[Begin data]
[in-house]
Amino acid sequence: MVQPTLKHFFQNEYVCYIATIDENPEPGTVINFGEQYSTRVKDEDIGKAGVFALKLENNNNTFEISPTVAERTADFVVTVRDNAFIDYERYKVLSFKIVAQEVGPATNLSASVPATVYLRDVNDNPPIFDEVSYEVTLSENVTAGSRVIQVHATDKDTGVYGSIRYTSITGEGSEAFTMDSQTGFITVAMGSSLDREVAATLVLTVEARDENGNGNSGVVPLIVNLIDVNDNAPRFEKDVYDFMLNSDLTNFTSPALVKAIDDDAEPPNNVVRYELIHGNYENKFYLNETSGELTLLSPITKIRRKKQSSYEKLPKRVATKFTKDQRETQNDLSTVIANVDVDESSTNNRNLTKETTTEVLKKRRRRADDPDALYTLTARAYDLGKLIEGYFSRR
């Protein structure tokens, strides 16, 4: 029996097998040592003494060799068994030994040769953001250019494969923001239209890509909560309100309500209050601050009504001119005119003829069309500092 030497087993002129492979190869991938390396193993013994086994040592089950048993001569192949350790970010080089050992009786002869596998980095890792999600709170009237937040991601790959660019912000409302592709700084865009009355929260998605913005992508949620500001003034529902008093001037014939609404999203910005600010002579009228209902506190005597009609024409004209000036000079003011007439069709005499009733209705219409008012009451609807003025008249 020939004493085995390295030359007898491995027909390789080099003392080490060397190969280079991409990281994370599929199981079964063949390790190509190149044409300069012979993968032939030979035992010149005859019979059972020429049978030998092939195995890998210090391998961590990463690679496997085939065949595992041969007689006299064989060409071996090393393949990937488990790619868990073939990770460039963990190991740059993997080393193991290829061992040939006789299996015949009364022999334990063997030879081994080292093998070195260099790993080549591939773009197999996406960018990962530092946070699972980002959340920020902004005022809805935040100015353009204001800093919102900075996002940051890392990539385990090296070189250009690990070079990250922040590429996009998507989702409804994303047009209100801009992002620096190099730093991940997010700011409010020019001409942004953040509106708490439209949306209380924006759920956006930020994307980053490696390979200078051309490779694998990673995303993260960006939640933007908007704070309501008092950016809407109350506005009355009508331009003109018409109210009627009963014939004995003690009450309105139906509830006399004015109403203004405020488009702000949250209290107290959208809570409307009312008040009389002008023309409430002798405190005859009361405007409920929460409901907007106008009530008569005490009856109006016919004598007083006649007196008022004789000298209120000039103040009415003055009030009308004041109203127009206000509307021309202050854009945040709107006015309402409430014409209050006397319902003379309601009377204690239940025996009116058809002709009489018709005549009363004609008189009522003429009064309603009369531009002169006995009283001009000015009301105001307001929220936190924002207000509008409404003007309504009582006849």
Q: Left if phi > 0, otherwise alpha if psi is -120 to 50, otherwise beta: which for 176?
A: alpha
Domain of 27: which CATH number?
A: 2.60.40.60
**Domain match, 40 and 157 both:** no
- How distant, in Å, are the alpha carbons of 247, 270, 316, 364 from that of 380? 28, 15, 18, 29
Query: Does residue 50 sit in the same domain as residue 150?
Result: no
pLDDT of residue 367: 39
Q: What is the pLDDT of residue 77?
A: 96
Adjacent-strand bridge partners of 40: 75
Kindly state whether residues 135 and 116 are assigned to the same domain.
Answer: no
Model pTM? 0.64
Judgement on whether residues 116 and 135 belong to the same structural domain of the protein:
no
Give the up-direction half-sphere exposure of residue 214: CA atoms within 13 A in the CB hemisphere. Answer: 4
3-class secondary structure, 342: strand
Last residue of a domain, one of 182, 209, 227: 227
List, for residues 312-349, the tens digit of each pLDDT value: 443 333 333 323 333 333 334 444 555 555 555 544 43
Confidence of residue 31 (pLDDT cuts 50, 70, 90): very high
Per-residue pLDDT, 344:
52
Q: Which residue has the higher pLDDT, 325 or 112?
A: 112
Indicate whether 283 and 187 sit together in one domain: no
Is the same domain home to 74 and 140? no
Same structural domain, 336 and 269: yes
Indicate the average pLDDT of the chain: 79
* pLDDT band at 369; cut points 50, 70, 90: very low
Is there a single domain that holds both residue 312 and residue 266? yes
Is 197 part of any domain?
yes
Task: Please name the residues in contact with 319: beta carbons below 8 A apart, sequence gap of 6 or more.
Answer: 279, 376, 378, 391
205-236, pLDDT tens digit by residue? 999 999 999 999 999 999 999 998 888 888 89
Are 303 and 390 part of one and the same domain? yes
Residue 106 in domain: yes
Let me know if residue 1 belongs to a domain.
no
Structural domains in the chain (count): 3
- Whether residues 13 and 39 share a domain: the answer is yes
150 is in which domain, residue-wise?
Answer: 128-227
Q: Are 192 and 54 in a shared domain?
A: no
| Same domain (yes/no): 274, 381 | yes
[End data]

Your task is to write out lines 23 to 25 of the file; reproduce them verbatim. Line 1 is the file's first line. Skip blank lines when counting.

Last residue of a domain, one of 182, 209, 227: 227
List, for residues 312-349, the tens digit of each pLDDT value: 443 333 333 323 333 333 334 444 555 555 555 544 43
Confidence of residue 31 (pLDDT cuts 50, 70, 90): very high